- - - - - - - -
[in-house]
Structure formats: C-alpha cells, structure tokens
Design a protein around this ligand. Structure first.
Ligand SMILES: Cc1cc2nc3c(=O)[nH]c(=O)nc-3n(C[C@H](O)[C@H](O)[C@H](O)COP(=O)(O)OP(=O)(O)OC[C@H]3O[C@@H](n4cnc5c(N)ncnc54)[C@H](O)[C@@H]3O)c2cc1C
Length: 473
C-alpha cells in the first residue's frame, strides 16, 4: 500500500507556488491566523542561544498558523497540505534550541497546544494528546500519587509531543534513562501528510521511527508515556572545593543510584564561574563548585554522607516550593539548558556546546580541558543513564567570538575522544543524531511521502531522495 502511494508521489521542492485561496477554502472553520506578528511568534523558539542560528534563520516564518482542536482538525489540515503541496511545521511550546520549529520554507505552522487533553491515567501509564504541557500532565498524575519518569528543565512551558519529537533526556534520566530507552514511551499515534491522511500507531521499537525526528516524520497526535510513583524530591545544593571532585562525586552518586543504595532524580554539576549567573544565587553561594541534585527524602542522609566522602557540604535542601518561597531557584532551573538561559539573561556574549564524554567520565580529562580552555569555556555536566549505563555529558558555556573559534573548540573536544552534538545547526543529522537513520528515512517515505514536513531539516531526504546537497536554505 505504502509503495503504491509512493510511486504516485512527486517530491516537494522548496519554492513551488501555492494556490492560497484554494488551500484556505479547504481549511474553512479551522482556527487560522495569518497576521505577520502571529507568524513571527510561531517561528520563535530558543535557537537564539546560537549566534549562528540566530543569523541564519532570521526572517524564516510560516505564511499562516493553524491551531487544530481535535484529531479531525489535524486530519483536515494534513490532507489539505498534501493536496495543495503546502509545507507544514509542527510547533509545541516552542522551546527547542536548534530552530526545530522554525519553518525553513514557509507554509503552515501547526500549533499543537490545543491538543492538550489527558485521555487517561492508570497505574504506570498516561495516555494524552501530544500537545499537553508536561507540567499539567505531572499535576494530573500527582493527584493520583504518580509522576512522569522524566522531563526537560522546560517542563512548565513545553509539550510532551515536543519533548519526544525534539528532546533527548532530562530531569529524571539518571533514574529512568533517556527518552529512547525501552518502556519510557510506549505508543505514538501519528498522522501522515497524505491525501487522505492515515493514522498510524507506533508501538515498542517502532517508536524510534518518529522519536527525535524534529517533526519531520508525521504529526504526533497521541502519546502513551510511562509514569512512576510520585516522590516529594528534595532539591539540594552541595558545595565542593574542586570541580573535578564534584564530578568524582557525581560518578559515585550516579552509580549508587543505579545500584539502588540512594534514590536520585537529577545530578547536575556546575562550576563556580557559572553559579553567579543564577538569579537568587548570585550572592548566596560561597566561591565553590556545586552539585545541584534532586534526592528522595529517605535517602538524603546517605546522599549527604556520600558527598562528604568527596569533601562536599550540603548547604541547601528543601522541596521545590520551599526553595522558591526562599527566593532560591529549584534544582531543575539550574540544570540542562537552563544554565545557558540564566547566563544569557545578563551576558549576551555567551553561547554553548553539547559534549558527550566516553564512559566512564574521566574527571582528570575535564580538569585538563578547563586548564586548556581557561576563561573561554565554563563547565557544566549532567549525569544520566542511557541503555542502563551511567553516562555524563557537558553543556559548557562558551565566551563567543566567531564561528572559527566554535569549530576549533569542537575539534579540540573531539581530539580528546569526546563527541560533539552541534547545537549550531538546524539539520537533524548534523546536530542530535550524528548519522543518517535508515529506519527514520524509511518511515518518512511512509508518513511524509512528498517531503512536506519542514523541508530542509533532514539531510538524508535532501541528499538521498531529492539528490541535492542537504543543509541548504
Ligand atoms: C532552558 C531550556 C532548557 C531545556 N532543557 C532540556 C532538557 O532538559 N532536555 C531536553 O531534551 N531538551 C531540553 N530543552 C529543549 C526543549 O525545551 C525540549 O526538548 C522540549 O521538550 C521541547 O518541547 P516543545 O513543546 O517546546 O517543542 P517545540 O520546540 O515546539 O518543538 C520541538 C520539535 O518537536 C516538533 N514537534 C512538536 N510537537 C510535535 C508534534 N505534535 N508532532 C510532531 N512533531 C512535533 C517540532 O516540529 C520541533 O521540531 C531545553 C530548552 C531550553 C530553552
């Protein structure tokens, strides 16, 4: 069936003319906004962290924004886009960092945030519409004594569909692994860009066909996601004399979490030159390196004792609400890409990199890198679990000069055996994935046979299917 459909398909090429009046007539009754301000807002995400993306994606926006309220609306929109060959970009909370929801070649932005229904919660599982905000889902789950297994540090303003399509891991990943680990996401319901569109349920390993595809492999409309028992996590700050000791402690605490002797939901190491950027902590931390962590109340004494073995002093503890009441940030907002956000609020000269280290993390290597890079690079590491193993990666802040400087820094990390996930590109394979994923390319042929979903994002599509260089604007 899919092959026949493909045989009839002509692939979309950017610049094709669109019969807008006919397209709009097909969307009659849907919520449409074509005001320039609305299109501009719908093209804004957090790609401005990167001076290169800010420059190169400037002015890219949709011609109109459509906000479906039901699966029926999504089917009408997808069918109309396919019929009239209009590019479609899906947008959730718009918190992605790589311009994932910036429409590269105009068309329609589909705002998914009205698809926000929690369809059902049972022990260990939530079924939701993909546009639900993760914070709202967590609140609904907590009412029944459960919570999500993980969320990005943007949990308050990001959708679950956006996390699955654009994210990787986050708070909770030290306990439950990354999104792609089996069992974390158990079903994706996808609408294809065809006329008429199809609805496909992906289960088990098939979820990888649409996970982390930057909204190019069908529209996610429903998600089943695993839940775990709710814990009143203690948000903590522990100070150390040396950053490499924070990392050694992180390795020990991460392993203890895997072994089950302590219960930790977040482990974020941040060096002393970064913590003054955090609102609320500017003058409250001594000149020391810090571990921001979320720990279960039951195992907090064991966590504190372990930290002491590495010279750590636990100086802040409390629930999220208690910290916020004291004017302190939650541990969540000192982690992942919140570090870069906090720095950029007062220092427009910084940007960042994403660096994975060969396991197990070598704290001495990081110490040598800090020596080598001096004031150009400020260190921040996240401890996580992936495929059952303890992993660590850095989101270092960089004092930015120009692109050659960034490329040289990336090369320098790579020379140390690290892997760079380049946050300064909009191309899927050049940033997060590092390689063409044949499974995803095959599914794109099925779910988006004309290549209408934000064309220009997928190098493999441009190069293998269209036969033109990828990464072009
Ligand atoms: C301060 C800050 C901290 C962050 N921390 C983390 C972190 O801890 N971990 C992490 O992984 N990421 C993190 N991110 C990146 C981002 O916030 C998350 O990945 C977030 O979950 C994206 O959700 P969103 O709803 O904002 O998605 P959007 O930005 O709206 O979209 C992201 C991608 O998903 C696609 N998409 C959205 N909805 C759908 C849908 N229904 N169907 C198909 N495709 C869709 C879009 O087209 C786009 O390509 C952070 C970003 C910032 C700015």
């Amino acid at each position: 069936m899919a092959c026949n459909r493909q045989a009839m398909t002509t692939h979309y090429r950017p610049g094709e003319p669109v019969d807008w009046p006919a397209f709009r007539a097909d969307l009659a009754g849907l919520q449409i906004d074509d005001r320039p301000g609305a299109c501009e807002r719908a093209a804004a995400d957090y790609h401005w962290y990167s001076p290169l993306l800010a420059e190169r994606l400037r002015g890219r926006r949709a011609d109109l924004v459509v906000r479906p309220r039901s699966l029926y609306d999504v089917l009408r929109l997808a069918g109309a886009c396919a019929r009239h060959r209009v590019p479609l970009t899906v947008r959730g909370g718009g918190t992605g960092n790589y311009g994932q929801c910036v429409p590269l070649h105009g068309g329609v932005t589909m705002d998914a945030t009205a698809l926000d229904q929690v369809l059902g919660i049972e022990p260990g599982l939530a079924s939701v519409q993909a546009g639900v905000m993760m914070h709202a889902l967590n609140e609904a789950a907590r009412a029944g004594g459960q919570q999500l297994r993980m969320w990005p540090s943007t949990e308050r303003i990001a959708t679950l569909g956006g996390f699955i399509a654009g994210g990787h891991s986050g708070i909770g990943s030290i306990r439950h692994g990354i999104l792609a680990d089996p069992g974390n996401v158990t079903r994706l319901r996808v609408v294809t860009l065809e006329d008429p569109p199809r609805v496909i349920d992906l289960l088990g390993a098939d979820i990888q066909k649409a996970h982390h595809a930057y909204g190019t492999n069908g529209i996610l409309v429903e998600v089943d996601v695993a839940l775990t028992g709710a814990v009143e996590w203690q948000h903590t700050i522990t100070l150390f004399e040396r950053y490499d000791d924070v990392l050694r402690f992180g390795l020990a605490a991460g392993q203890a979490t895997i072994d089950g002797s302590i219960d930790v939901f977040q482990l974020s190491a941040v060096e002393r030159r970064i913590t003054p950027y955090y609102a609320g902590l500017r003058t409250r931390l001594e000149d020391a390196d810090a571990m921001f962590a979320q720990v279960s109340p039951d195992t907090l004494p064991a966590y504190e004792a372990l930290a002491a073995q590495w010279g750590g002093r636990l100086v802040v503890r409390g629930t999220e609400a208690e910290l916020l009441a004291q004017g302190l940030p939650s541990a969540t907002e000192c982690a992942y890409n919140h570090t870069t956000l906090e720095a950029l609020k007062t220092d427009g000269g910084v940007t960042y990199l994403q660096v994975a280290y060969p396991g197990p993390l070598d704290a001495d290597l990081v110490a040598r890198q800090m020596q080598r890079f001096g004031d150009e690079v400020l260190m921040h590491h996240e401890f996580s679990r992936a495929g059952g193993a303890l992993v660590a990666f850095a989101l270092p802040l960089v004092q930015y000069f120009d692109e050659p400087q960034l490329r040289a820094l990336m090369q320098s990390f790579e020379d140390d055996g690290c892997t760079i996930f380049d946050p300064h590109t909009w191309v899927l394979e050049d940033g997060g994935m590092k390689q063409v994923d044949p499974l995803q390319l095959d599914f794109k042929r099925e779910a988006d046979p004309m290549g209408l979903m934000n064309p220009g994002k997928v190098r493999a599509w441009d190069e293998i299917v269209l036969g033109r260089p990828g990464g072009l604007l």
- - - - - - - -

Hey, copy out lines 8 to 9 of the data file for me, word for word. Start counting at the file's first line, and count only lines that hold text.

């Protein structure tokens, strides 16, 4: 069936003319906004962290924004886009960092945030519409004594569909692994860009066909996601004399979490030159390196004792609400890409990199890198679990000069055996994935046979299917 459909398909090429009046007539009754301000807002995400993306994606926006309220609306929109060959970009909370929801070649932005229904919660599982905000889902789950297994540090303003399509891991990943680990996401319901569109349920390993595809492999409309028992996590700050000791402690605490002797939901190491950027902590931390962590109340004494073995002093503890009441940030907002956000609020000269280290993390290597890079690079590491193993990666802040400087820094990390996930590109394979994923390319042929979903994002599509260089604007 899919092959026949493909045989009839002509692939979309950017610049094709669109019969807008006919397209709009097909969307009659849907919520449409074509005001320039609305299109501009719908093209804004957090790609401005990167001076290169800010420059190169400037002015890219949709011609109109459509906000479906039901699966029926999504089917009408997808069918109309396919019929009239209009590019479609899906947008959730718009918190992605790589311009994932910036429409590269105009068309329609589909705002998914009205698809926000929690369809059902049972022990260990939530079924939701993909546009639900993760914070709202967590609140609904907590009412029944459960919570999500993980969320990005943007949990308050990001959708679950956006996390699955654009994210990787986050708070909770030290306990439950990354999104792609089996069992974390158990079903994706996808609408294809065809006329008429199809609805496909992906289960088990098939979820990888649409996970982390930057909204190019069908529209996610429903998600089943695993839940775990709710814990009143203690948000903590522990100070150390040396950053490499924070990392050694992180390795020990991460392993203890895997072994089950302590219960930790977040482990974020941040060096002393970064913590003054955090609102609320500017003058409250001594000149020391810090571990921001979320720990279960039951195992907090064991966590504190372990930290002491590495010279750590636990100086802040409390629930999220208690910290916020004291004017302190939650541990969540000192982690992942919140570090870069906090720095950029007062220092427009910084940007960042994403660096994975060969396991197990070598704290001495990081110490040598800090020596080598001096004031150009400020260190921040996240401890996580992936495929059952303890992993660590850095989101270092960089004092930015120009692109050659960034490329040289990336090369320098790579020379140390690290892997760079380049946050300064909009191309899927050049940033997060590092390689063409044949499974995803095959599914794109099925779910988006004309290549209408934000064309220009997928190098493999441009190069293998269209036969033109990828990464072009
Ligand atoms: C301060 C800050 C901290 C962050 N921390 C983390 C972190 O801890 N971990 C992490 O992984 N990421 C993190 N991110 C990146 C981002 O916030 C998350 O990945 C977030 O979950 C994206 O959700 P969103 O709803 O904002 O998605 P959007 O930005 O709206 O979209 C992201 C991608 O998903 C696609 N998409 C959205 N909805 C759908 C849908 N229904 N169907 C198909 N495709 C869709 C879009 O087209 C786009 O390509 C952070 C970003 C910032 C700015």